Introduction to Science Fiction What is Science Fiction?
Introduction to Science Fiction What is Science Fiction? Science fiction is a writing style which combines science and fiction. It is constrained by what we presently regard as the basic physical laws of nature. It evolved as a response to fantasy.
Sci Fi Authors Definitions Theodore Sturgeon, author: "'A good science-fiction story is a story about human beings, with a human problem, and a human solution, which would not have happened at all without its science content'"
Robert A. Heinlein, author: Science fiction is "realistic speculation about possible future events, based solidly on adequate knowledge of the real world, past and present, and on a thorough understanding of the nature and significance of the scientific method" Sam Moskowitz, fan and biographer:
"Science fiction is a brand of fantasy identifiable by the fact that it eases the 'willing suspension of disbelief' on the part of its readers by utilizing an atmosphere of scientific credibility for its imaginative speculations in physical science, space, time, social science, and philosophy" The first true science fiction
novel was Frankenstein by Mary Shelley. She used a scientific rationale to persuade the reader that her story took place in the realm of the possible. Frankenstein was the first novel in English to deal with the possibility that science will create a monster that can
destroy science, and possibly mankind. Mary Shelley did not wish the story to be considered "supernatural" She made the main character a scientist and his scientific efforts a focal point of the reader's attention. In mood the novel is a tale of terror, in plot a laboratory experiment gone awry. The fusion of Gothic materials and
science in this novel brought the tale of terror clearly into the stream of science fiction and also gave it a more credible base. If not the first science fiction novel, Frankenstein is at least the first novel that showed what a science fiction novel would be (James Gunn). Remember: Writers take scientific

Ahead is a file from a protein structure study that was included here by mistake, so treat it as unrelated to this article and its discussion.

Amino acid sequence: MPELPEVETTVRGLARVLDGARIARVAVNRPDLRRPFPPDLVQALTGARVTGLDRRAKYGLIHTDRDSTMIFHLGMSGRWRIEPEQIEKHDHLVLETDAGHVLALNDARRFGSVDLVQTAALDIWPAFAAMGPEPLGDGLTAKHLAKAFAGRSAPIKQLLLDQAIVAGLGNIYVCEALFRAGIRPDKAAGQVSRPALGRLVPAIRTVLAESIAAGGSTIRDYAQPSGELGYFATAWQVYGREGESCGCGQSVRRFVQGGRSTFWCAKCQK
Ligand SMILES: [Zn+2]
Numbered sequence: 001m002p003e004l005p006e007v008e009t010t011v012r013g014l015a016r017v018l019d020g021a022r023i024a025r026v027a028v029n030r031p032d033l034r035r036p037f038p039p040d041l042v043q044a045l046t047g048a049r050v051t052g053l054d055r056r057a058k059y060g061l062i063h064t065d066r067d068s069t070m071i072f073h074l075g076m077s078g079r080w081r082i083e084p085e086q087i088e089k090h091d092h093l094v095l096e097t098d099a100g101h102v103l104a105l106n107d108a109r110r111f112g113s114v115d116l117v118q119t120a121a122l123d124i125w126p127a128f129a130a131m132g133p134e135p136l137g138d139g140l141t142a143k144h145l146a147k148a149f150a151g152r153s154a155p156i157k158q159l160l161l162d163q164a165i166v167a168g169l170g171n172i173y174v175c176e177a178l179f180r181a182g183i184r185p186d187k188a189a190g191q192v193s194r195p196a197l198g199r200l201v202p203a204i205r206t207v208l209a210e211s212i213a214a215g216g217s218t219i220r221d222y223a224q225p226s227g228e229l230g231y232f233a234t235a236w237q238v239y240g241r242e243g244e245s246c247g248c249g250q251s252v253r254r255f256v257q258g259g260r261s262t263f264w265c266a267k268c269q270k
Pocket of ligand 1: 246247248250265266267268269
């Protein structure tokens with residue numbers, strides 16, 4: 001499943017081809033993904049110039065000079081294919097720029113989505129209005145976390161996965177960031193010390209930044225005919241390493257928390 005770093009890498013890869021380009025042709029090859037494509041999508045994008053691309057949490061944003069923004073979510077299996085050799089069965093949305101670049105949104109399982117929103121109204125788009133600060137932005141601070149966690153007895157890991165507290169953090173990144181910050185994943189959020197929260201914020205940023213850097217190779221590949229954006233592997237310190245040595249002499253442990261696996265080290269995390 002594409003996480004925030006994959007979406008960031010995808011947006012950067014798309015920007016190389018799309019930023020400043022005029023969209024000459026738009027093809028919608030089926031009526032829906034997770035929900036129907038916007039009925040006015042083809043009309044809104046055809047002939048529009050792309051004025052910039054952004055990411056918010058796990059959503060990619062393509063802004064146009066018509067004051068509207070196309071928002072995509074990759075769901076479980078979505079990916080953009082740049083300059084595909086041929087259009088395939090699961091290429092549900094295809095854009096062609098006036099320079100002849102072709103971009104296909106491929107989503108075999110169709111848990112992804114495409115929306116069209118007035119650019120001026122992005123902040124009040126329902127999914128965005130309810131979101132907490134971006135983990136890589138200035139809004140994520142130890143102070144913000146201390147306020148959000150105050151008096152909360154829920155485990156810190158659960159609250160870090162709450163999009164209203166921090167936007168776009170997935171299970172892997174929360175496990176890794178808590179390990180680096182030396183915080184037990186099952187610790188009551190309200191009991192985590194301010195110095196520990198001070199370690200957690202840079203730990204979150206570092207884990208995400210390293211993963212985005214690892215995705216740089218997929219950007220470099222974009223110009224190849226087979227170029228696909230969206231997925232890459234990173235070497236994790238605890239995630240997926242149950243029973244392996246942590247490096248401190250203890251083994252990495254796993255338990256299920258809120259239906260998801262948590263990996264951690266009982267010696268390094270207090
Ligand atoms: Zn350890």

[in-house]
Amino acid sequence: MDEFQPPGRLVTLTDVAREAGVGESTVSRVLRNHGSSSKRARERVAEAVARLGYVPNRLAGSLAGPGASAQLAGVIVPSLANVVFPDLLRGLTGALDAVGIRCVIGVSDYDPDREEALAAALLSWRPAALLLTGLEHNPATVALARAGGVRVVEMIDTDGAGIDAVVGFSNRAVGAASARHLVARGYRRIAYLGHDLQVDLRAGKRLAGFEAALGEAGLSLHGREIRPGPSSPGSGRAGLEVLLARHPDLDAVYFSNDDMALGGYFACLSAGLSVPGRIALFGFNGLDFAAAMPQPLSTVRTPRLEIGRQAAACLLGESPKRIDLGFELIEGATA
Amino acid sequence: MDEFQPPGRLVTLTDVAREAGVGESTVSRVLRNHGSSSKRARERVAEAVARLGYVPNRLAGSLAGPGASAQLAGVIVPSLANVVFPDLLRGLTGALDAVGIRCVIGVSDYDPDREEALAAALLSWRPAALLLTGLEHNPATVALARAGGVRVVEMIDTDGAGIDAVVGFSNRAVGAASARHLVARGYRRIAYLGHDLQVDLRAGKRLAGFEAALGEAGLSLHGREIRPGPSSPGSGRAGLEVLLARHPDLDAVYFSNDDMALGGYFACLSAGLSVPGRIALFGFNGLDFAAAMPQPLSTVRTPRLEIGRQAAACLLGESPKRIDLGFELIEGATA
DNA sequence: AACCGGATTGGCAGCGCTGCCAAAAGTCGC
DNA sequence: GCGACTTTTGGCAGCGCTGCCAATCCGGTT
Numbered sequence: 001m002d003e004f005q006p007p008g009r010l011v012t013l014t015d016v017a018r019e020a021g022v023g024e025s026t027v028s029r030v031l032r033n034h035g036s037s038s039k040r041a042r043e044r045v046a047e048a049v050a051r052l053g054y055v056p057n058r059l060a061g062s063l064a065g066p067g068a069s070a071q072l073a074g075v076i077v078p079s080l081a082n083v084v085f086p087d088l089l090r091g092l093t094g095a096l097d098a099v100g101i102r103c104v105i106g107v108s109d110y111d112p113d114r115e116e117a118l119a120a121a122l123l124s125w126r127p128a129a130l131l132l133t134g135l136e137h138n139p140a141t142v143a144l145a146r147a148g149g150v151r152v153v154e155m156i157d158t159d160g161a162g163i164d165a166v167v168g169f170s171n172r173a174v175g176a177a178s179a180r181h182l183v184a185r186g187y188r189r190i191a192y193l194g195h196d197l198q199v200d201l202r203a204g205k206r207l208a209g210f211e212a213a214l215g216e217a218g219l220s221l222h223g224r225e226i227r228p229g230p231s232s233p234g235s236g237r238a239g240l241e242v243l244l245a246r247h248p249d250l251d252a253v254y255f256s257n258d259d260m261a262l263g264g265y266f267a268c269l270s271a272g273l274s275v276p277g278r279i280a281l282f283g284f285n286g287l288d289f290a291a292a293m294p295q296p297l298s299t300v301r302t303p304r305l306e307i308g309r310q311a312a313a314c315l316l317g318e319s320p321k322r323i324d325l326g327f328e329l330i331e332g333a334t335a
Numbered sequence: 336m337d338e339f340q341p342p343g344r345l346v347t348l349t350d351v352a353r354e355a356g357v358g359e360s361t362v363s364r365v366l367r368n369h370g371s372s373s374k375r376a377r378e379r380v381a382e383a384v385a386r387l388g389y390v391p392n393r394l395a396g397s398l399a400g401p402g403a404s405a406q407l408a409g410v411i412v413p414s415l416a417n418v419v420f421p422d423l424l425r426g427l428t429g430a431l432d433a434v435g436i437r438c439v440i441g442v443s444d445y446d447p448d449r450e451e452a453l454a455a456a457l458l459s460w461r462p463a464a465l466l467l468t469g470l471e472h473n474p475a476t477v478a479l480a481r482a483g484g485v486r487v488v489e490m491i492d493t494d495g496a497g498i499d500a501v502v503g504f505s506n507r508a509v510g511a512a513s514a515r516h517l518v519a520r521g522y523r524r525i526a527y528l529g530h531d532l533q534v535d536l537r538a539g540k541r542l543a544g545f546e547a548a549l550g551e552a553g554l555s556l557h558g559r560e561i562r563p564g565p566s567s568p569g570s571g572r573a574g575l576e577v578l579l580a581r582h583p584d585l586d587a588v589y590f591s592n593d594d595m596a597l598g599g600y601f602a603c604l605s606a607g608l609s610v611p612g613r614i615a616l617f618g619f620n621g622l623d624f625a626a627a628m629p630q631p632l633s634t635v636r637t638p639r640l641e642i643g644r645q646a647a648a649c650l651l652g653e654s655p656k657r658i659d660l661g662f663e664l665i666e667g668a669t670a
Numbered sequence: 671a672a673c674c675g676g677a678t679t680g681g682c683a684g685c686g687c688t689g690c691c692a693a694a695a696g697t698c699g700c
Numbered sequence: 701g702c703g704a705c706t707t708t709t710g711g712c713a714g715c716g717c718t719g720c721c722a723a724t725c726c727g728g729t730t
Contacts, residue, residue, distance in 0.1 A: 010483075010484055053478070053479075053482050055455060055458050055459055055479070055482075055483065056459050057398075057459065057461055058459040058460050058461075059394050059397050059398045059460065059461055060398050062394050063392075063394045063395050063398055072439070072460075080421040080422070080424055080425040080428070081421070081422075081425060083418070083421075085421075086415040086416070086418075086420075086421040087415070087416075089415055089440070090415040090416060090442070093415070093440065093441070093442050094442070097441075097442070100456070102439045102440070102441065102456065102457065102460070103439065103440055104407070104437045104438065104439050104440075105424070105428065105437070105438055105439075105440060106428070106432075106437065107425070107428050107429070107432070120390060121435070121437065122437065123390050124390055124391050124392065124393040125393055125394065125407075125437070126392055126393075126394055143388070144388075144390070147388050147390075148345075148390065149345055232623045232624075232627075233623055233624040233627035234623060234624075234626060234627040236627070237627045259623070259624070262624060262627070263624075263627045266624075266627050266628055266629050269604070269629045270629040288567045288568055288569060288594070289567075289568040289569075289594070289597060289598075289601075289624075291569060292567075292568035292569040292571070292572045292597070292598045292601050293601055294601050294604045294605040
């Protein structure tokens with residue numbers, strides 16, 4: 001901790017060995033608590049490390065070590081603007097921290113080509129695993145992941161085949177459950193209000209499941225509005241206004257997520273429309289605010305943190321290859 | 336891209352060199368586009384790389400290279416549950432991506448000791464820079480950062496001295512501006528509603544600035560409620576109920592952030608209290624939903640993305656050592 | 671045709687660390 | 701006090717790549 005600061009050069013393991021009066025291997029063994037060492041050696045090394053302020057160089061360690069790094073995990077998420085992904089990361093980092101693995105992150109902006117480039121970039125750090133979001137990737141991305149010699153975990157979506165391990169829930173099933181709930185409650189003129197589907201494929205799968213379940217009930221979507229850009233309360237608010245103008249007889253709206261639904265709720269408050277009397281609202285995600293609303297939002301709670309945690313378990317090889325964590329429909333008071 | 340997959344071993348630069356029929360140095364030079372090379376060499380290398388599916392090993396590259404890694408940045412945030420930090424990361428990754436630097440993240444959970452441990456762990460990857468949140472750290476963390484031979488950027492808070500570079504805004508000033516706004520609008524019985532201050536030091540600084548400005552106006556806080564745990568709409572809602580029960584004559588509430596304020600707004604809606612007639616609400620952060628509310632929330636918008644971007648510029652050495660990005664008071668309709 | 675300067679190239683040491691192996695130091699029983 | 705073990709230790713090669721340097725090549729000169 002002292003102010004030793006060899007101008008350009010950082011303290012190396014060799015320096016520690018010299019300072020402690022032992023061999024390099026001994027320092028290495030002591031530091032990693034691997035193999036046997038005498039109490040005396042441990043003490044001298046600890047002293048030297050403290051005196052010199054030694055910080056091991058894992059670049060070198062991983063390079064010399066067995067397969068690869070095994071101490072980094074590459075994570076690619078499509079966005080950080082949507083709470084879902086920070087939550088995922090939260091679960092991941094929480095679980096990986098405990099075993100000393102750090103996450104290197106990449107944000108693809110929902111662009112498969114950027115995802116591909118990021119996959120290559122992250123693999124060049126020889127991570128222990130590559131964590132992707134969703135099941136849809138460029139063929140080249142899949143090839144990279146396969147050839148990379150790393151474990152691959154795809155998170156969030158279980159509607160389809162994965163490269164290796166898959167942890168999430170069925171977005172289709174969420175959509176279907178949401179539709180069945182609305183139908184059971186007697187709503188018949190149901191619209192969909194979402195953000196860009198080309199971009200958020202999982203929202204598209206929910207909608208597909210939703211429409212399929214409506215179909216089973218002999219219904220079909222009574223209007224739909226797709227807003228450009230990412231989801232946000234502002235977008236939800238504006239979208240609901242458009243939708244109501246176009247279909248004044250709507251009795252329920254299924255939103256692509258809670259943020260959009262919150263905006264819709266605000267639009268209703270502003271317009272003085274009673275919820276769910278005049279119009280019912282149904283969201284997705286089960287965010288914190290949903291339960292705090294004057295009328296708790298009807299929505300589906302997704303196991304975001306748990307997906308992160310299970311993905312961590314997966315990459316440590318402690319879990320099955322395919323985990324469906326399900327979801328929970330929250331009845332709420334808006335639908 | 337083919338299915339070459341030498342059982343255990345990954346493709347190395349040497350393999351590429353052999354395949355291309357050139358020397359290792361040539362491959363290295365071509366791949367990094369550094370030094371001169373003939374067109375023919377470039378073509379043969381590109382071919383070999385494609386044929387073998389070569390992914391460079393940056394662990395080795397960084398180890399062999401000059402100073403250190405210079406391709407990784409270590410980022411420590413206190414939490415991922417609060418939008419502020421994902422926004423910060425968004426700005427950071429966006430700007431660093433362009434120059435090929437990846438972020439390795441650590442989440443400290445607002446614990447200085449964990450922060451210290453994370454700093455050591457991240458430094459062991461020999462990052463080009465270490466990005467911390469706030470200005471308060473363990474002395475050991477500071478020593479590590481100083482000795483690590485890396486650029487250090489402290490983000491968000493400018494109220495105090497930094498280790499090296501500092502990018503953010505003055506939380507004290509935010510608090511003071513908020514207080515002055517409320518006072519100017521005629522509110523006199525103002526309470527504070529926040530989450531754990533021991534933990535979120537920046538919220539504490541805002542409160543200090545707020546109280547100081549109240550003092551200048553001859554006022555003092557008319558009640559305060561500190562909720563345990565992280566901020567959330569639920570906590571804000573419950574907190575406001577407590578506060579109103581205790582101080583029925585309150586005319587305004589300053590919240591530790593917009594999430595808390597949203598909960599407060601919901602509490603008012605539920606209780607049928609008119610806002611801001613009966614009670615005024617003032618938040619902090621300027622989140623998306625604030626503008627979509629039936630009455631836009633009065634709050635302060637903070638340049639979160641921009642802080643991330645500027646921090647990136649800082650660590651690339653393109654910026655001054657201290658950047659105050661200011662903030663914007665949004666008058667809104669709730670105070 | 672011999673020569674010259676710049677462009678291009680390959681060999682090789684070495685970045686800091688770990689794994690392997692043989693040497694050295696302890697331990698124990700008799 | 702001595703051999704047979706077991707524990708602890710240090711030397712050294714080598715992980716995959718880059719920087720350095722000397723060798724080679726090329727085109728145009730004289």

possibilities and develop them step-bystep from known data to form a story. What is Extrapolation? Extrapolation is when a writer takes a known scientific fact and imagines what might happen if certain events or circumstances evolve. Ie: Man can build space shuttles. Man can travel to faraway planets.
Science Fiction VS. Fantasy In Science Fiction, there needs to be some possibility that the events could possibly happen. In Fantasy, the author can use far-fetched assumptions. ie; unicorns, three-legged creatures etc. A Handbook to Literature defines
science fiction as: "A form of fantasy in which scientific facts, assumptions, or hypotheses form the basis, by logical extrapolation, of adventures in the future, on other planets, in other dimensions in time, or under new variants of scientific law" (Holman). The same Handbook defines fantasy as
"a work which takes place in a nonexistent and unreal world, such as fairyland, or concerns incredible and unreal characters. . . or employs physical and scientific principles not yet discovered or contrary to present experience as in science fiction and utopian fiction" (Holman). Miriam Allen deFord explains the difference more succinctly: "'Science
fiction deals with improbable possibilities, fantasy with plausible impossibilities" (Aldiss 26). It is a common science fiction convention that authors should not contradict known scientific fact (e.g., humans flying without on their own without the use of devices), but may do what they wish with commonlyaccepted scientific theory (e.g., humans
flying to distant planets in a space shuttle). The author of fantasy does not feel such restraints. Major Themes in Science Fiction Space travel to and from other planets (ie: Star Wars, Star Trek) Time travel to the past and future
(ie: Back to the Future) Psychological/biological changes to man brought about by scientific changes (ie: The Incredible Hulk) Supernormal powers/talents (ie: Superman, Spiderman, Batman) Science applied to human relations for constructive or destructive purposes
(ie: Weird Science) Battle with alien life forms (ie: Signs) Alternate Universe (ie: Star Wars) Plot Conventions of Science Fiction Examples of Story Ideas: The Last Man/Woman on Earth
The Robot The First Landing Story Time Travel The Alternate World The Lost Civilization The Alien Encounter The Colonization of a New Planet The End of the World The Long Spaceship Voyage
The Computer From the point of view of an alien Why should we study Science Fiction? Entertaining Makes the audience wonder What If? Encourages creativity in writing and roleplaying Introduces students to a new literary genre Teaches lessons about the value and
dangers of advanced technology Enhances imagination
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